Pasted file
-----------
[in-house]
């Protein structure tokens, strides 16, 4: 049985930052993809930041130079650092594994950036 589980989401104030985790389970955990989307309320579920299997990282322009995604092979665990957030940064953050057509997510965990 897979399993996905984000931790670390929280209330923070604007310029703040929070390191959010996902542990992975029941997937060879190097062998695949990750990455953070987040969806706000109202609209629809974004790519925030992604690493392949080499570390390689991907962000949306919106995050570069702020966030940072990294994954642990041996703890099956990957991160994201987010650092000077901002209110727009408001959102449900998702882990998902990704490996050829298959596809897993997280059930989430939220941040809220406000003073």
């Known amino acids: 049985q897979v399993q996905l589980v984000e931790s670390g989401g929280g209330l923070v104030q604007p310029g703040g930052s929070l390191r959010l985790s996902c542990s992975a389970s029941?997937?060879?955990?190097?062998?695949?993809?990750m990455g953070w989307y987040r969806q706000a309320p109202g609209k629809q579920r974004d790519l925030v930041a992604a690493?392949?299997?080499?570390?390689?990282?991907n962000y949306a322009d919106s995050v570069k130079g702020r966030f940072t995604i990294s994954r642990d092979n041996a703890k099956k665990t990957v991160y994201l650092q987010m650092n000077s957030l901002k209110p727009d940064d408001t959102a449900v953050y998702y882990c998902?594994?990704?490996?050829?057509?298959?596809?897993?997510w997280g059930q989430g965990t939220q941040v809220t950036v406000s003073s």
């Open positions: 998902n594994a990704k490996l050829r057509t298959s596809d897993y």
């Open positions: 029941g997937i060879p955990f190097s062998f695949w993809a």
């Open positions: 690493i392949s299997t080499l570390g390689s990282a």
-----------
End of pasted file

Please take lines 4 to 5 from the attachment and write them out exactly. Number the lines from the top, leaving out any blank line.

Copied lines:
């Open positions: 998902n594994a990704k490996l050829r057509t298959s596809d897993y």
């Open positions: 029941g997937i060879p955990f190097s062998f695949w993809a």